I've pretty much relegated myself to the idea that, for capturing images out in public venues, I'm going to be using a digital camera. But I still like landscape and still-life images on silver gelatin paper. Fortunately, I've developed a method that seems relatively trouble-free and efficient, that produces nice fiber paper, silver gelatin prints.
I load 4"-by-5" sized sheets of Harman Direct Positive paper into sheet film holders, expose them in either my Anniversary Speed Graphic or pinhole box cameras, then process them in the year-round convenience of my kitchen, via a Jobo print developing tank and rotary processing base. Once properly rinsed and superficially dried, I tape then to sheets of glass, using drafting tape, and permit them to dry in my film drying cabinet. After several hours, I have one-of-a-kind, fiber paper prints in hand.
Given the relative ease of this process, I can no longer afford to use the excuse that I don't have the time or energy to do this. So I've been trying, at least every week, to make some sort of image - any image, regardless of how mundane it might seem - using this process, as a means of exercising my processing skills and building a collection of these one-off prints.
Today's session was no less impromptu and spontaneous. The afternoon weather was balmy and warm, the winds calm, and so I set up tripod and Speed Graphic in my front courtyard and proceeded to load a sheet film holder with a pair of Harman prints. It's convenient that one sheet film holder holds two such prints, that can both be processed as a single batch in my day tank within the span of less than ten minutes.
I thought this still-life of garden art sitting on a patio table was quirky enough to be representative of the kinds of spontaneous prints made possible by this process. And with the investment of just a bit more time, and a bit of gasoline, those two prints could have instead been exposed somewhere a bit more photogenic than merely around the house. But that's the beauty of this process - even if you don't feel like going far afield from home, you can still create these remarkable little prints, from scenes discovered just around one's own home.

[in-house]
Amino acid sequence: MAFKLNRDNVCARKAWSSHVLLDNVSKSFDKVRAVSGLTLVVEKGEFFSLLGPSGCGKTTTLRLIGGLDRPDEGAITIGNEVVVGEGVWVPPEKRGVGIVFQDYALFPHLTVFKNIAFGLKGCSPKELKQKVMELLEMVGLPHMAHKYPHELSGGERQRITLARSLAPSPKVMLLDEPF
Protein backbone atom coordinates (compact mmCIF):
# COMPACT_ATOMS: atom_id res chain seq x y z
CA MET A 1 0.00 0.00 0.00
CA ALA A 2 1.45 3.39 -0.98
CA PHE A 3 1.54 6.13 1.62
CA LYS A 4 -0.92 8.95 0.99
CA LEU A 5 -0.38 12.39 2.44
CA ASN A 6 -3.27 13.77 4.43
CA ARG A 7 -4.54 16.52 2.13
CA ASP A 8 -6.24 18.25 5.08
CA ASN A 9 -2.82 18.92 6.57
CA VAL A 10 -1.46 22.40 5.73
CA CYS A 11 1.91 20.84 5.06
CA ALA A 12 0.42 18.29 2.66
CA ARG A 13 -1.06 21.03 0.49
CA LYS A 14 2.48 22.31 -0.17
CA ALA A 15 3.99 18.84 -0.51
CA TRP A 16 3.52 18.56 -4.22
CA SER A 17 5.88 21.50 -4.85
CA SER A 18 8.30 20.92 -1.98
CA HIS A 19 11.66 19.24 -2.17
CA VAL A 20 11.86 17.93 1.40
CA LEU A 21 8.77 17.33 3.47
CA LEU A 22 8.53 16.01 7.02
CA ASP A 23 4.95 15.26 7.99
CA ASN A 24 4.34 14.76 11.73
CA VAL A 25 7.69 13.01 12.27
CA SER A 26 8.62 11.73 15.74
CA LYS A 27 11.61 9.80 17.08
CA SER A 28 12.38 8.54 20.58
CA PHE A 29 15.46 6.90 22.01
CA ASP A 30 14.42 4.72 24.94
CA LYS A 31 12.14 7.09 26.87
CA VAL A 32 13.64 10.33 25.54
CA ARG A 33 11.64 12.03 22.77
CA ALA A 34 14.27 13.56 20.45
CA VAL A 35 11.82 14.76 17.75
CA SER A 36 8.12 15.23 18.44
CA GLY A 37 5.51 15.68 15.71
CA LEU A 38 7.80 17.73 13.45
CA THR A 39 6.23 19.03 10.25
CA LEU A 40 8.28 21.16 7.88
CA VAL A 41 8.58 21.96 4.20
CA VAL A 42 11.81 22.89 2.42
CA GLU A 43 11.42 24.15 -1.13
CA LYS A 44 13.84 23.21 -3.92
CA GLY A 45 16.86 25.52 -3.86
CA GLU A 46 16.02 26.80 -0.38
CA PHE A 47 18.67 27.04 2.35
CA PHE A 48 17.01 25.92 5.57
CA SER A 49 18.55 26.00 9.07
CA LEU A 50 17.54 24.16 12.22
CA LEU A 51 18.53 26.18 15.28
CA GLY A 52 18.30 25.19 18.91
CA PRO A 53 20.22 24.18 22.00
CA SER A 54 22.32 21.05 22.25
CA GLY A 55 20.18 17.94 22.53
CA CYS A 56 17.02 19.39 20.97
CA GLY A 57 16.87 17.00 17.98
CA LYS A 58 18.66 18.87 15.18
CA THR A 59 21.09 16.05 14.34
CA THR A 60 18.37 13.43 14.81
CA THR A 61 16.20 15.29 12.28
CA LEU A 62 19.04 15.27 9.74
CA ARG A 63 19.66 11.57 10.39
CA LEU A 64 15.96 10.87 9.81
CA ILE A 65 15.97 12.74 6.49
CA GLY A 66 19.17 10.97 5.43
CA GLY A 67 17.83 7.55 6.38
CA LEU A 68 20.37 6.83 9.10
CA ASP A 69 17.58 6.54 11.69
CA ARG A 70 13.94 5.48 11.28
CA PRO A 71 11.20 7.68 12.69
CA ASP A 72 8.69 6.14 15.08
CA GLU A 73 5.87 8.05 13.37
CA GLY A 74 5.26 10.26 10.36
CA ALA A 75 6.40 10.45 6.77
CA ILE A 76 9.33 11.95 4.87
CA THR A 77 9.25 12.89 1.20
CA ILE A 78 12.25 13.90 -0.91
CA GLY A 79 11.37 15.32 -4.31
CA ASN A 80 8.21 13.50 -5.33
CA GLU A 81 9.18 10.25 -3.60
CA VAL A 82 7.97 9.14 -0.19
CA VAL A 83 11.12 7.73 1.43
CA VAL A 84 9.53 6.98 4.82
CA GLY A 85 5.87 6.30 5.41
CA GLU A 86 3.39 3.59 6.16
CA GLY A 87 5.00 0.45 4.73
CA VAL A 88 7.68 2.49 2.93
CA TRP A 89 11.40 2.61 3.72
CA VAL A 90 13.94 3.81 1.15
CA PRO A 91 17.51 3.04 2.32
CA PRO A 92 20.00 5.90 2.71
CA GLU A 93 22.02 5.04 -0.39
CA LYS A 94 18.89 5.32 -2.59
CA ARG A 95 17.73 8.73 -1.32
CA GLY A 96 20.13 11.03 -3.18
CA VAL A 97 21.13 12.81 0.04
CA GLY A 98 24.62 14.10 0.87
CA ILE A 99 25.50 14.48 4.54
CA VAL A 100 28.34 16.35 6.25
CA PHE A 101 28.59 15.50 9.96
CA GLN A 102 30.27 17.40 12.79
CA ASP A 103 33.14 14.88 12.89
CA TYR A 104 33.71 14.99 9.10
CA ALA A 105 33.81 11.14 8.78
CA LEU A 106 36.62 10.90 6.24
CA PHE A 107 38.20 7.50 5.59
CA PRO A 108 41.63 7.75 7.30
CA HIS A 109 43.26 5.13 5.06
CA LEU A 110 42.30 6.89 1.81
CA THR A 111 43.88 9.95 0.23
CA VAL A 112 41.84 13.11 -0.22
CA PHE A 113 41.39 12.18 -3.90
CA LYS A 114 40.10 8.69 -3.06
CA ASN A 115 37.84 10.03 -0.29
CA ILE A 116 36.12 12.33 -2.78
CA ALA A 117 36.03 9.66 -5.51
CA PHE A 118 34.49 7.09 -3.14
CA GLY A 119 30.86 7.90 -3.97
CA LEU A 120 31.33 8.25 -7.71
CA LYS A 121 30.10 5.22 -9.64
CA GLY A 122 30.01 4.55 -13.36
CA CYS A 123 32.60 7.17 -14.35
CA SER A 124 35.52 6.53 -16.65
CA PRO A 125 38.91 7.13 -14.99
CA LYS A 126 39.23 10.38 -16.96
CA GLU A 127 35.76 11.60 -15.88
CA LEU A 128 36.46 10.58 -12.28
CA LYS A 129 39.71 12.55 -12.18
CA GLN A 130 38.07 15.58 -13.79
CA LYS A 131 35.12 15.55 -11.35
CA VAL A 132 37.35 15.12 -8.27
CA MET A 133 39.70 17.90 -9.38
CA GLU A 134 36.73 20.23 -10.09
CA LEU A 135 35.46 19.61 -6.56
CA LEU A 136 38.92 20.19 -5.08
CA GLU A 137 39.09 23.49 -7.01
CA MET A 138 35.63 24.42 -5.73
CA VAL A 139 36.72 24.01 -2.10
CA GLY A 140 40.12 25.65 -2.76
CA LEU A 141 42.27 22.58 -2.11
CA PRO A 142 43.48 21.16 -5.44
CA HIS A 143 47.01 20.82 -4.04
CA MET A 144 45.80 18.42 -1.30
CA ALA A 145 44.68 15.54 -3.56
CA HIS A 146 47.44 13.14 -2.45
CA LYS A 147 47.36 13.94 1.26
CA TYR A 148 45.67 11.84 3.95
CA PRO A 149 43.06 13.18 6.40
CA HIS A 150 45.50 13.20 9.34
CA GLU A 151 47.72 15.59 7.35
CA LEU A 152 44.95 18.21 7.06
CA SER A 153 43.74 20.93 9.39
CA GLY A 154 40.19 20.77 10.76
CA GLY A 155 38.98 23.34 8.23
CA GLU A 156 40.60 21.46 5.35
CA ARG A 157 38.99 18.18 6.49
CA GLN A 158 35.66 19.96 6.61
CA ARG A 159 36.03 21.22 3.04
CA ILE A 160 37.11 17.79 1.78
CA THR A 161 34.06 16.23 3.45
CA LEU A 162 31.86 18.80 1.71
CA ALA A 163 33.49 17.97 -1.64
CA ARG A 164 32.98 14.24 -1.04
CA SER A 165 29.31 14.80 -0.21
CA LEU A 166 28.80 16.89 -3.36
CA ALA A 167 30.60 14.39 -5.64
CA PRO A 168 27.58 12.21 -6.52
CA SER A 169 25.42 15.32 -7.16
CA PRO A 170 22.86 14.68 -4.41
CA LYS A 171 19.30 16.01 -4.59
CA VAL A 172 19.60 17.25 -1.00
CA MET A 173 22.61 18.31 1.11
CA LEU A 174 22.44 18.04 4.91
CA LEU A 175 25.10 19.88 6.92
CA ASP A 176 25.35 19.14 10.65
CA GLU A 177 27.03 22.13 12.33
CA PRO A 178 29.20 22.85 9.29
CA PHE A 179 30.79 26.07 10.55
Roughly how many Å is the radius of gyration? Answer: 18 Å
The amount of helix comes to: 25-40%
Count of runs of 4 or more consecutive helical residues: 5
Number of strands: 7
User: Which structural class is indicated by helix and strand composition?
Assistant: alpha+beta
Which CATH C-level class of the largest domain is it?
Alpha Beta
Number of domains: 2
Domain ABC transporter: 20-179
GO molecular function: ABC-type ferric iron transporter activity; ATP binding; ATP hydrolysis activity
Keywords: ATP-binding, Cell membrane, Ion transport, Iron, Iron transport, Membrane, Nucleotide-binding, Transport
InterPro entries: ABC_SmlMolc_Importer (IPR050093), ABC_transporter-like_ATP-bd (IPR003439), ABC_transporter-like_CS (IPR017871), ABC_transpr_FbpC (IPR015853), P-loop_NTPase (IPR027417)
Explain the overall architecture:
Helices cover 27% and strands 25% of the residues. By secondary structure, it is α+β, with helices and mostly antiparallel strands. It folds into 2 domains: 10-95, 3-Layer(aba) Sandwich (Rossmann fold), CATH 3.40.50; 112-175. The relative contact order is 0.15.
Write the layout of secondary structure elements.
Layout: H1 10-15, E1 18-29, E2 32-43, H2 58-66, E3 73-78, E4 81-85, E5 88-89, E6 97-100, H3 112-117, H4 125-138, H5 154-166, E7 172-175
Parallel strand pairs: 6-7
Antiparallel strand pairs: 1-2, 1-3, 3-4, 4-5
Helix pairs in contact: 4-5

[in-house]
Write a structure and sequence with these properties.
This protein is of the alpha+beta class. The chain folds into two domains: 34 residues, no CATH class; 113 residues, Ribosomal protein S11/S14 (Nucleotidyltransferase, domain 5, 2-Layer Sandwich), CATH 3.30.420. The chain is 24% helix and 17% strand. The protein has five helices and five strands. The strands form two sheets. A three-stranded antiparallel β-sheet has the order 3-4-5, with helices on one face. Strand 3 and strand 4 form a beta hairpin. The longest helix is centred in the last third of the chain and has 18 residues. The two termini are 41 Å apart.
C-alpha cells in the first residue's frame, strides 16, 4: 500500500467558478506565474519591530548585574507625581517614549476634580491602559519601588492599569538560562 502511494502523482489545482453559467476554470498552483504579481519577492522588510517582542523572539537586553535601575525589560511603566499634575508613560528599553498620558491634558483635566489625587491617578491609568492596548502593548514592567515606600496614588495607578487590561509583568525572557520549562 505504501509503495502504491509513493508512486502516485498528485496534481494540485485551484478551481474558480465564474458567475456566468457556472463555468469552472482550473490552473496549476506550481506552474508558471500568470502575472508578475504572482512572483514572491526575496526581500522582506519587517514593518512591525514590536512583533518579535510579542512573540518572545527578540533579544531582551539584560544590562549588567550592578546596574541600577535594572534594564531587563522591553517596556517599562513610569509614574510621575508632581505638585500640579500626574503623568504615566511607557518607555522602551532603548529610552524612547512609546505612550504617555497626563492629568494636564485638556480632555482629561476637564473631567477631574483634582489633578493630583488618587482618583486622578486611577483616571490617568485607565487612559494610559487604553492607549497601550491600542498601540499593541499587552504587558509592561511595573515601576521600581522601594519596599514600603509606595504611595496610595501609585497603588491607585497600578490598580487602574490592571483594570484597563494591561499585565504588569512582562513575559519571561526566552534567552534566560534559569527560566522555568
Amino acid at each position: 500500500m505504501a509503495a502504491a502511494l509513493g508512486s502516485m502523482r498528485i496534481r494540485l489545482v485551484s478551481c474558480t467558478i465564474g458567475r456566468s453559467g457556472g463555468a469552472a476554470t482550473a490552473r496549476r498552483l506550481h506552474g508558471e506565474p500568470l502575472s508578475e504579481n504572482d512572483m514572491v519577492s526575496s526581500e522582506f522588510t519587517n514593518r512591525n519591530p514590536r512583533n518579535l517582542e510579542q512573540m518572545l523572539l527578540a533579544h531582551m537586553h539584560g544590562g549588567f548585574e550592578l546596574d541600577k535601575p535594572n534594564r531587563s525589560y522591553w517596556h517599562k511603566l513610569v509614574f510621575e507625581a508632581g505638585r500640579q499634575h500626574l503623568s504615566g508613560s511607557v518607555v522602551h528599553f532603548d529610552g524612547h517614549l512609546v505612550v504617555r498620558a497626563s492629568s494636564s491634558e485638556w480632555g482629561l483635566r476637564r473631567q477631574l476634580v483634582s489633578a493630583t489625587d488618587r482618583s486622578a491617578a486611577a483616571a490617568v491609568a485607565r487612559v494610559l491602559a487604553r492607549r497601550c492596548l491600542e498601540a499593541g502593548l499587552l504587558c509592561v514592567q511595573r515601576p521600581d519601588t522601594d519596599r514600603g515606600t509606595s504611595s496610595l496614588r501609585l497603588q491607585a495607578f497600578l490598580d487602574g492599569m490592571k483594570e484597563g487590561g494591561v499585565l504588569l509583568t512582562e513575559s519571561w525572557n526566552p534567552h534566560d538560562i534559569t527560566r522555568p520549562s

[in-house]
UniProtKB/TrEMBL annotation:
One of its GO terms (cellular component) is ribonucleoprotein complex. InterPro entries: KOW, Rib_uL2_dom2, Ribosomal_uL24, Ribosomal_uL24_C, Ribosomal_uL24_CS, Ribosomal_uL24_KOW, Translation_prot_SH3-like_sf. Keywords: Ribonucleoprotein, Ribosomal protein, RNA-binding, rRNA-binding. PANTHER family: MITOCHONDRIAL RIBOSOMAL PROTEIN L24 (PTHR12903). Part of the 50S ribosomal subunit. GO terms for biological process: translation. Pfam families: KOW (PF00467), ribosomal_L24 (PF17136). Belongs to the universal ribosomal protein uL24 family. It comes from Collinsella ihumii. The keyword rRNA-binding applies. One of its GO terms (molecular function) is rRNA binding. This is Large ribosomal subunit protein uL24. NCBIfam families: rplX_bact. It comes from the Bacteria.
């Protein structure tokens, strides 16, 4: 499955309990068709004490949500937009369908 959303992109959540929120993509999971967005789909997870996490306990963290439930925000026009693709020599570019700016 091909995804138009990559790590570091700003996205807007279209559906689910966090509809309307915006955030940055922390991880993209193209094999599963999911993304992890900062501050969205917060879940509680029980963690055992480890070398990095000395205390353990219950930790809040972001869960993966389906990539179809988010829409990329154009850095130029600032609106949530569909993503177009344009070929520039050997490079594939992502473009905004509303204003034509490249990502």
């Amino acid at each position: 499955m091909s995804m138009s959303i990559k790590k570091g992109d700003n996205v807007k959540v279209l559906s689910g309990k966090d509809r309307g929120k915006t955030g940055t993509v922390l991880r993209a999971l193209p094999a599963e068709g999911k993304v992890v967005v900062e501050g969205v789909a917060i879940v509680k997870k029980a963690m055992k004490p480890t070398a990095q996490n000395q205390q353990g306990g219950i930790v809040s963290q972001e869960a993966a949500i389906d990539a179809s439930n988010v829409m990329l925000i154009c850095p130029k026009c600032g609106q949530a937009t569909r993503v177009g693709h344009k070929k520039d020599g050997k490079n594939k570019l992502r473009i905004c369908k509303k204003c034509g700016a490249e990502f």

What this really illustrates is the idea that it isn't all that hard to create two prints per week. That doesn't sound like an awful lot, does it? But two fiber paper, silver gelatin prints per week amounts to over a hundred prints in a year's time. All with the investment of just a few minutes time for loading the film holders, setting up the camera, making the exposure and processing the paper. Then a rinse - which I do under a tree in my yard, so as not to waste the water down the drain - and afterwards a few hours in the drying cabinet, while I'm off doing something else. Do that one time every week, and you'll have a hundred prints by the end of the year.
This process is made most convenient by the unique properties of the Harman Direct paper. While it does have some significant limitations that you have to get used to working around, such as contrast control, low sensitivity and spectral response, its main attribute is that you totally bypass the whole issue of processing film and the subsequent printing phase. What you're doing with the Harman paper is loading the finished print directly into your camera, then using a simple paper processing regimen. It really is a unique process, one that's also new, in the historic sense, given that such direct positive paper emulsions were unheard of in the formative years of photography. The irony is that this product has only come to market now, in the post-film era of ubiquitous digital imagery.
I would like to encourage you to embrace this process, experiment with it, and see what you can do. It's a great age we live in, where we have such a wide variety of choices available for our creative expression, including the choice of creating silver gelatin prints with such relative ease.
Wednesday, March 2, 2016
Today I had the urge to play with an old Kodak Brownie camera and Harman Direct Positive paper. The camera, a Kodak Six-16 Brownie Junior, had been sitting for a long time in my Man Cave shed, and also seemed to have been ignored, since the rest of my camera collection is in my office on a shelf; as if cameras had feelings (which we know they do).
Several issues needed resolving before I could attempt an exposure. First, I didn't know what the focal ratio of the shutter's two aperture settings were, so that would require partial disassembly of the front in order to get a set of calipers in close enough to measure. Second, while I was in there, one of the viewfinder mirrors had been dislodged, and would need to be secured back in place. Third, it was rather dusty, and the optics needed cleaning.